Where does Bitcoin go?

Bitcoin will prosper regardless of regulations or prohibitions. It hurts whoever it hurts.

Bitcoin has arrived in the mainstream again, but this time it is different, with great sites with an eye on the next big entrepreneur or company advertising a cryptoma-related service or purchase.

It’s interesting to see this now as we’ve been waiting for years for this day to come. We are witnessing a global transformation in finances that is still in its initial stage, a transformation that, in a way, goes beyond the wildest speculations.

The price of Crypto Code seems quiet. It is quiet after an intense year of volatility, with the “Kryptonians” seeing one of the worst falls in March and already in November the currency hitting record prices.

It is as if Bitcoin is not knowing where to go and reflecting a bit: “Are we really doing this? What are the critics of digital currency thinking?

The latest report from the Financial Stability Supervisory Board (FSOC), which includes the U.S. Treasury, said:

“Financial innovation can offer substantial benefits to consumers and businesses by meeting unfulfilled or emerging needs or reducing costs, but it can also create new risks and vulnerabilities.

For example, there has been an increase in the number and type of digital assets with many increasing in value.

Like traditional assets, digital assets can also be subject to operational and counterparty risks that can be disruptive to users and the digital asset ecosystem as a whole.

Everyone wants to be a part of

Paxos (crypto platform) now wants to be a bank. The British Standard Chartered Bank wants to launch a crypto trading service. A German bank, Bankhaus von der Heydt (BVDH), should issue a stable currency in euros. A Canadian bank has launched a bitcoin and ethereum fund.

Australia’s leading bank, Gallantree, is trading bitcoins, buying and selling for companies, while one of Asia’s largest banks is doing this for institutional investors.

The largest US bank, JP Morgan, has completed a live blockchain-based transaction with the system expected to go live next year, while another bank in Berlin has listed the first cryptomain index fund in the OTC markets.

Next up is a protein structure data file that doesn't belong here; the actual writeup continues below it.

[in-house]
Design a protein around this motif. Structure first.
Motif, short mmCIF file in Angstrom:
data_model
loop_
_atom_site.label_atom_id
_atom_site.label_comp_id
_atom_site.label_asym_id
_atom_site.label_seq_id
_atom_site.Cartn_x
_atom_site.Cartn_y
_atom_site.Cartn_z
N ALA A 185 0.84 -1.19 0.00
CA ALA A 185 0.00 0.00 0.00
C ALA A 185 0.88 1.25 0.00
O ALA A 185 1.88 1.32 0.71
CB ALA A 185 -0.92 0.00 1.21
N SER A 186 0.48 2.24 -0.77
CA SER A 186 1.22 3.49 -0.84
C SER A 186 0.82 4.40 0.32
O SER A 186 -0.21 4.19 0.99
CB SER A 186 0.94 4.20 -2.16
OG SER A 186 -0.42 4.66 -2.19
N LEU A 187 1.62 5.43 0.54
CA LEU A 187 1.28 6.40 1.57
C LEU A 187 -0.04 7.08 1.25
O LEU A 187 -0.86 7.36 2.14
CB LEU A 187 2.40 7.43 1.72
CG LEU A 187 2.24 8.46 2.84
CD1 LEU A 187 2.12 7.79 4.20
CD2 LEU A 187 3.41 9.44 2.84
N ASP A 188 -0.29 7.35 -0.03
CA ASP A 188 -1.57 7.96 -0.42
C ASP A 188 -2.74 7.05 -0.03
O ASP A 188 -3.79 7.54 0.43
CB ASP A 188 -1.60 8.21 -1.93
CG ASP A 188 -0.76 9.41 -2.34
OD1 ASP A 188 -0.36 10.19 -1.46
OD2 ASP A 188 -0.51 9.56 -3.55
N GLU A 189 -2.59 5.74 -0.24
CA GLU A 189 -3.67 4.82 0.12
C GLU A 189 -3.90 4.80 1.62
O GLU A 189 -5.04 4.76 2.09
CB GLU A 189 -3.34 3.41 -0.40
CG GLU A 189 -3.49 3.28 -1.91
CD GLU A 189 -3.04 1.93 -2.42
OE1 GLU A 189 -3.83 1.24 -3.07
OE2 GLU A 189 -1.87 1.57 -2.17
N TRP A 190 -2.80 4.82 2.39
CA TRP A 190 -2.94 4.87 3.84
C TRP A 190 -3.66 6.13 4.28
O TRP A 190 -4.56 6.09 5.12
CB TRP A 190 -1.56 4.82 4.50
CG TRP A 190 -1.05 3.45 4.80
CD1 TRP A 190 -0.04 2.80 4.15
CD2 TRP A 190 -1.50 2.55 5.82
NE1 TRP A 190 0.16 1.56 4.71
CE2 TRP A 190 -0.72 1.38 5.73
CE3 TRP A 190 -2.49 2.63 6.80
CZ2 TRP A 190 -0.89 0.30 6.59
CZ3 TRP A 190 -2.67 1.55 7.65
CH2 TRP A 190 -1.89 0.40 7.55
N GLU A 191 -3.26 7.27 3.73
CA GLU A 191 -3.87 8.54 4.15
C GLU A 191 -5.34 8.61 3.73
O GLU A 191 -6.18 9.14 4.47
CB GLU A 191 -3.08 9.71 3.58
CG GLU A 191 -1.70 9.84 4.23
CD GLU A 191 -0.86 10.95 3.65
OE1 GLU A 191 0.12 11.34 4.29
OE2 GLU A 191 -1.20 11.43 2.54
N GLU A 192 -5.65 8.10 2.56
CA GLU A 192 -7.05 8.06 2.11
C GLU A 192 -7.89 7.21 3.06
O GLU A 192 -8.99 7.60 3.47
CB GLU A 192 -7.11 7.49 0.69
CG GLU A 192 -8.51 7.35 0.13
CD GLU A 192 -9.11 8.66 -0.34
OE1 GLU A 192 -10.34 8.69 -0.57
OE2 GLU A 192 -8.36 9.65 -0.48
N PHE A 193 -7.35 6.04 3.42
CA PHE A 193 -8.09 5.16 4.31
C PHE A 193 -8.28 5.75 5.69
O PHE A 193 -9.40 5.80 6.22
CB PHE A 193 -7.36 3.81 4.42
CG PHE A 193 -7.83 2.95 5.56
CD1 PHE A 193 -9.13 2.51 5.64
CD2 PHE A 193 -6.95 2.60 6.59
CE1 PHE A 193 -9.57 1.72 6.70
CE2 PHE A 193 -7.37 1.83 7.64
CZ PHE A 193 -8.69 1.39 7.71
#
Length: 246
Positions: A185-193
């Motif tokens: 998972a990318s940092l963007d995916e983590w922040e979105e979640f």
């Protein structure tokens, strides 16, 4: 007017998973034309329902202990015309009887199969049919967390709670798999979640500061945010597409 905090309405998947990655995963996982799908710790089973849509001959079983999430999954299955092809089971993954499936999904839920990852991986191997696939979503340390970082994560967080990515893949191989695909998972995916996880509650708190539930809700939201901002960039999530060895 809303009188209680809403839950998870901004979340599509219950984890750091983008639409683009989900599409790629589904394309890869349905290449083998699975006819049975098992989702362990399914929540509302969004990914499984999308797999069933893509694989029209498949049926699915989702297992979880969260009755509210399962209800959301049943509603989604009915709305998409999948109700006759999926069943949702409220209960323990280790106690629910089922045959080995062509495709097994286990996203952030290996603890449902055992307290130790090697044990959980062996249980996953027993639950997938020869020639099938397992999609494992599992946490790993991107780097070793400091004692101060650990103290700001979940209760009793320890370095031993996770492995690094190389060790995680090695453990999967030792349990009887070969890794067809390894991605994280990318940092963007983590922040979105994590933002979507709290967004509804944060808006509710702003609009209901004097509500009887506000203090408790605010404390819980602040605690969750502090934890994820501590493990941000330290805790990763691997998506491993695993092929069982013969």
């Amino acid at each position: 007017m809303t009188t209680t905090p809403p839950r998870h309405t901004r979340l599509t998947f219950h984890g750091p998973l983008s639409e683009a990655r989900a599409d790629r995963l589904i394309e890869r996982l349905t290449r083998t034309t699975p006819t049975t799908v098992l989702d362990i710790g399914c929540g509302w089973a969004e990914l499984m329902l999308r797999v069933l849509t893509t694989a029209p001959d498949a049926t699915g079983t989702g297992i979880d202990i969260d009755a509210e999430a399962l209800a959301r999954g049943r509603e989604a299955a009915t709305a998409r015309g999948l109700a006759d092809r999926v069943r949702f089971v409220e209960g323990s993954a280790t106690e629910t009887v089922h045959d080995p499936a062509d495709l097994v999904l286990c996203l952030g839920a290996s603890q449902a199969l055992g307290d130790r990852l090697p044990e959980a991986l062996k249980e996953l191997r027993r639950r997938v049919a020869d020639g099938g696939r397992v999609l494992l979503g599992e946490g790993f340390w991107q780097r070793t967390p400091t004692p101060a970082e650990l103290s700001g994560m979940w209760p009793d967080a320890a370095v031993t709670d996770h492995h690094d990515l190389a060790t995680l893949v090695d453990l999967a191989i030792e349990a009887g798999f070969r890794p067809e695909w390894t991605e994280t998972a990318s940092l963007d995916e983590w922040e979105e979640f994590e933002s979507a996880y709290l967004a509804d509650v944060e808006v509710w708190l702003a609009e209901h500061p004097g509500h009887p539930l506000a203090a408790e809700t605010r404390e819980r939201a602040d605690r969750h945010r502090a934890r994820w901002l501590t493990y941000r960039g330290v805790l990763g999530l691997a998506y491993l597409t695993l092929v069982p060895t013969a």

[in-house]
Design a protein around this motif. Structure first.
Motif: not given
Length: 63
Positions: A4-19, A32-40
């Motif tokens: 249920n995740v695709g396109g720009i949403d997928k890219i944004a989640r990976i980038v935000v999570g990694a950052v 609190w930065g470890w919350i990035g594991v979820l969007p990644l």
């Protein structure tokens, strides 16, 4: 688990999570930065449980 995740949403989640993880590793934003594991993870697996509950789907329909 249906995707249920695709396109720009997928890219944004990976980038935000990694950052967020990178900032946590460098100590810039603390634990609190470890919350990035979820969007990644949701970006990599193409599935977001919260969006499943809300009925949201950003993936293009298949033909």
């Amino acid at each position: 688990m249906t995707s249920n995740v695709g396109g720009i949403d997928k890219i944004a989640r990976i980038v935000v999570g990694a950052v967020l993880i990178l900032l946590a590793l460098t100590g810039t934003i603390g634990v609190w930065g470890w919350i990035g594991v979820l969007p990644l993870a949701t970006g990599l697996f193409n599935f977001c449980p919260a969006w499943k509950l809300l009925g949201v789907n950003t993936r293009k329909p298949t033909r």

A director of Twitch, Amazon’s streaming platform, has invested 25% of its economy in Bitcoin, and one of the US’s largest policyholders, MassMutual, has bought $100 million in Bitcoin. MicroStrategy, the leading institutional investment firm, has announced it will buy an additional $650 million in digital currency.

Do you understand?

We are at an inflection point of Bitcoin in the mainstream as a reserve asset of value. It has just begun, but it seems the speed is frightening and nobody wants to be left behind.

After criticizing the digital currency in the past some are twisting their nose. The crypto market is now a high-end financing. Sophisticated, totally cool, and even luxurious.

Bitcoin challenges the entire global economy system. It doesn’t even say how things should be done, it just does its own thing and others look at this digital money.

New Finance, new regulation

“The US Treasury is working towards a new creation of rules that would effectively try to ‘plug a hole’ by significantly restricting how financial intermediaries can interact with public blockchain networks, through so-called non-incorporated or self-hosted portfolios…

The kinds of approaches I’ve heard being discussed would be to take a sledgehammer to a problem that needs precision tools and could materially reduce the much more significant potential for public blockchains to transform many industries”.

That’s what Jeremy Allaire of the Circle platform said in a letter to the US Treasury. He seems to be panicking. However, there is little reason to think that this market can grow further without some sort of regulation of intermediate entities like Circle or Coinbase.

You obviously can’t regulate the protocol itself, or portfolios that are no different than the open source Bitcoin code. However, you can potentially regulate how much information you receive from compatible intermediaries, such as brokers and other crypto companies, that is, how much surveillance you apply where you can.

The proposed regulations are just rumors, so we cannot judge, but they seem quite unlikely to affect the vast majority of “cryptonians” who are already AML and KYC proof.

Trying to ban Bitcoin will make it stronger

The approval of any heavy regulation is just another indication of the erosion of freedom, and thus Bitcoin would become even more attractive and valuable.

This is because Bitcoin is in many middle class paths, and the middle class in general complies with the laws, obeys the rules, so there is nothing that any law can do.